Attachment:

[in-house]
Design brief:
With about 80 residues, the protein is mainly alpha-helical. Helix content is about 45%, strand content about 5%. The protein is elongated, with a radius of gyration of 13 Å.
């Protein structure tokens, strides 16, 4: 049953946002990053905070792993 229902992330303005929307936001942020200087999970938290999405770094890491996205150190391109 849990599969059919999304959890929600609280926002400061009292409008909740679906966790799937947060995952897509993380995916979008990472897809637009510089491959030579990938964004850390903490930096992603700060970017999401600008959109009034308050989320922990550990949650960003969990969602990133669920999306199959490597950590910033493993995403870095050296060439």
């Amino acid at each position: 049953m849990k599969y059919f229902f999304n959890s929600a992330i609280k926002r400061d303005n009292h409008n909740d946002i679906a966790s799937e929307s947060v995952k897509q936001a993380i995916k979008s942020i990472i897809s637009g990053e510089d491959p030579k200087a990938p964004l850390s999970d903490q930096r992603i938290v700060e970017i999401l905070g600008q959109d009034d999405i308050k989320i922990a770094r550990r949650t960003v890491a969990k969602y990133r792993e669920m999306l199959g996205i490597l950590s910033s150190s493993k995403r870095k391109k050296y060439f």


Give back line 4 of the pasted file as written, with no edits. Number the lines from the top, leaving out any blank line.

């Protein structure tokens, strides 16, 4: 049953946002990053905070792993 229902992330303005929307936001942020200087999970938290999405770094890491996205150190391109 849990599969059919999304959890929600609280926002400061009292409008909740679906966790799937947060995952897509993380995916979008990472897809637009510089491959030579990938964004850390903490930096992603700060970017999401600008959109009034308050989320922990550990949650960003969990969602990133669920999306199959490597950590910033493993995403870095050296060439």